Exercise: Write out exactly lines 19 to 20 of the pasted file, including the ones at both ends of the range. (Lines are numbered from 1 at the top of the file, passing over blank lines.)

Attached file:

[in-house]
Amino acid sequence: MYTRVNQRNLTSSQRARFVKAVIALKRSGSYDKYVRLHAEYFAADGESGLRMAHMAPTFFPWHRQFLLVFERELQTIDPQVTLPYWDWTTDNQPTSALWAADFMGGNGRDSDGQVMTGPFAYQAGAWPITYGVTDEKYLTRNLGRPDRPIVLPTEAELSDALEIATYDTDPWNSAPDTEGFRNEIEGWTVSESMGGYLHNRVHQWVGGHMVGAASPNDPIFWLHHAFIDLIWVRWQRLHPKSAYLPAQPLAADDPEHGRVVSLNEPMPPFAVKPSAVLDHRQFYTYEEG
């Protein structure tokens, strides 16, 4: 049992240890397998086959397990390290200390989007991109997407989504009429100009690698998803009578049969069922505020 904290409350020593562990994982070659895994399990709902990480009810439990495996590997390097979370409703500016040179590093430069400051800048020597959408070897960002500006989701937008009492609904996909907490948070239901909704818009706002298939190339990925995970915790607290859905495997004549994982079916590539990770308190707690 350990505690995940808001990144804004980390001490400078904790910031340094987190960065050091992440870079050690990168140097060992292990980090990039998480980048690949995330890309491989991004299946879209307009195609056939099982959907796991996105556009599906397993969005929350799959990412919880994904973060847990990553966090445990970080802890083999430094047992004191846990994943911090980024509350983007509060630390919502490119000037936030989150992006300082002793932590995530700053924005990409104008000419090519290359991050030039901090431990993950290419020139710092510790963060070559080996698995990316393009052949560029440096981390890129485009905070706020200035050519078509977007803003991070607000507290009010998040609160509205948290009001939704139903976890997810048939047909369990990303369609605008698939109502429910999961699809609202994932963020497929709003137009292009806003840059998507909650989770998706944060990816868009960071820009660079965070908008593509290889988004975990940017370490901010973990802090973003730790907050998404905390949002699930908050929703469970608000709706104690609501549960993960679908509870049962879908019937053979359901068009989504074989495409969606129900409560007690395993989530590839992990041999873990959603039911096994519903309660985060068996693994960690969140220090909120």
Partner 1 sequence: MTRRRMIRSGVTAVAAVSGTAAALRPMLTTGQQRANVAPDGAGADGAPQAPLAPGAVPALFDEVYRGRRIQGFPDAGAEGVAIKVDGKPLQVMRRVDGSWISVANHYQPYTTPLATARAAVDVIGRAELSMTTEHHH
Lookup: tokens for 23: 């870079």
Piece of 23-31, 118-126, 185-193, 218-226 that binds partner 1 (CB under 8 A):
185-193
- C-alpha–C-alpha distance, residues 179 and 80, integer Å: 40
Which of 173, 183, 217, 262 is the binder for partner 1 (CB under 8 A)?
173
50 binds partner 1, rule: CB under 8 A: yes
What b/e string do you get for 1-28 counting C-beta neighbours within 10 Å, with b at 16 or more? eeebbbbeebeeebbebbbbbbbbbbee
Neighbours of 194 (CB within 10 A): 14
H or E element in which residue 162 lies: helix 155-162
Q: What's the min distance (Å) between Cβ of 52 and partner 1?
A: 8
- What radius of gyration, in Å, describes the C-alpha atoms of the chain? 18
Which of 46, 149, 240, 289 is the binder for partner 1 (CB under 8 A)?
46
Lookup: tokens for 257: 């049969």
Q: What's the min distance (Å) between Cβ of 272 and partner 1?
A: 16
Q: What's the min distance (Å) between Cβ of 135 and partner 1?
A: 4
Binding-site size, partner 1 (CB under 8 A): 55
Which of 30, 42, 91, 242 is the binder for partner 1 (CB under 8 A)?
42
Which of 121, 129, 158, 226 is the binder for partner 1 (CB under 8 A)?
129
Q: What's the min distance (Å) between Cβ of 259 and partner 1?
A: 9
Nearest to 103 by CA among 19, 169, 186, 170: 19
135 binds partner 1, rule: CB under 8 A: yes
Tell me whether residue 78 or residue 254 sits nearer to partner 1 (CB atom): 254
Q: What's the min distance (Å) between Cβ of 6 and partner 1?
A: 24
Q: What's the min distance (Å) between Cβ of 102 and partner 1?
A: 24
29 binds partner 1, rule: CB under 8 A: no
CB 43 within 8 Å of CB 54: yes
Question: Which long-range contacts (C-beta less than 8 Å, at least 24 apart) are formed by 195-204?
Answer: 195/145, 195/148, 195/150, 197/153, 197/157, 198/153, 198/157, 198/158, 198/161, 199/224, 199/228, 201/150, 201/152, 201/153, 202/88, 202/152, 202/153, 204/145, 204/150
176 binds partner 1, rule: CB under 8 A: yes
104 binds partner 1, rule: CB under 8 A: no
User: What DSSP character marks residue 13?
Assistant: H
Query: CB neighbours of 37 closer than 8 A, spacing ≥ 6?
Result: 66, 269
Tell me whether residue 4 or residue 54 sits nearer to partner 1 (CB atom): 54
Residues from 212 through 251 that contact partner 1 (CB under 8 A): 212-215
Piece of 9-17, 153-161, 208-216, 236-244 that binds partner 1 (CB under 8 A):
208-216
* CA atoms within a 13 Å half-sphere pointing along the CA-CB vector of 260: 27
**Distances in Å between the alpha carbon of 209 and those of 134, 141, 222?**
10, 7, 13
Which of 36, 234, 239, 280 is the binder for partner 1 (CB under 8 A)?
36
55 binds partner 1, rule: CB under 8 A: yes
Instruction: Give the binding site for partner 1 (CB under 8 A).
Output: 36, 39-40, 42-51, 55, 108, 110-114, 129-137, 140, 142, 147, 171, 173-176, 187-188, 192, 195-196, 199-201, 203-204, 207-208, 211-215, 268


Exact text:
46
Lookup: tokens for 257: 């049969």